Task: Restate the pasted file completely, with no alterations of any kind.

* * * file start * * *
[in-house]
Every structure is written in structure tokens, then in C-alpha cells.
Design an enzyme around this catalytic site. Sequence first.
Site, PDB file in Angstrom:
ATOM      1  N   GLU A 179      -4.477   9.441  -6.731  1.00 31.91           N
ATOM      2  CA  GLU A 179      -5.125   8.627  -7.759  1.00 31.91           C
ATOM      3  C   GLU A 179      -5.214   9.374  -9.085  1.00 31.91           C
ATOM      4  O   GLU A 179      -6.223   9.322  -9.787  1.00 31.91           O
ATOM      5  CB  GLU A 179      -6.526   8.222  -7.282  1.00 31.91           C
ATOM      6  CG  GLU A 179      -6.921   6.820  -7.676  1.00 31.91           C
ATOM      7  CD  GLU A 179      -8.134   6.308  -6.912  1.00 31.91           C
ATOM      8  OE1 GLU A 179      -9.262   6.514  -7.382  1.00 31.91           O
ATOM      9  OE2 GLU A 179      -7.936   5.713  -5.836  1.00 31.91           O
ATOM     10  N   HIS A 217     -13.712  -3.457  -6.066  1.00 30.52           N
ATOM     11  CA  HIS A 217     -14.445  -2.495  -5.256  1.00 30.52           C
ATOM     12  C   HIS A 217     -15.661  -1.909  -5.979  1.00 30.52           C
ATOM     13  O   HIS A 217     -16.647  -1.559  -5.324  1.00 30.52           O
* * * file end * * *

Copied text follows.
[in-house]
Every structure is written in structure tokens, then in C-alpha cells.
Design an enzyme around this catalytic site. Sequence first.
Site, PDB file in Angstrom:
ATOM      1  N   GLU A 179      -4.477   9.441  -6.731  1.00 31.91           N
ATOM      2  CA  GLU A 179      -5.125   8.627  -7.759  1.00 31.91           C
ATOM      3  C   GLU A 179      -5.214   9.374  -9.085  1.00 31.91           C
ATOM      4  O   GLU A 179      -6.223   9.322  -9.787  1.00 31.91           O
ATOM      5  CB  GLU A 179      -6.526   8.222  -7.282  1.00 31.91           C
ATOM      6  CG  GLU A 179      -6.921   6.820  -7.676  1.00 31.91           C
ATOM      7  CD  GLU A 179      -8.134   6.308  -6.912  1.00 31.91           C
ATOM      8  OE1 GLU A 179      -9.262   6.514  -7.382  1.00 31.91           O
ATOM      9  OE2 GLU A 179      -7.936   5.713  -5.836  1.00 31.91           O
ATOM     10  N   HIS A 217     -13.712  -3.457  -6.066  1.00 30.52           N
ATOM     11  CA  HIS A 217     -14.445  -2.495  -5.256  1.00 30.52           C
ATOM     12  C   HIS A 217     -15.661  -1.909  -5.979  1.00 30.52           C
ATOM     13  O   HIS A 217     -16.647  -1.559  -5.324  1.00 30.52           O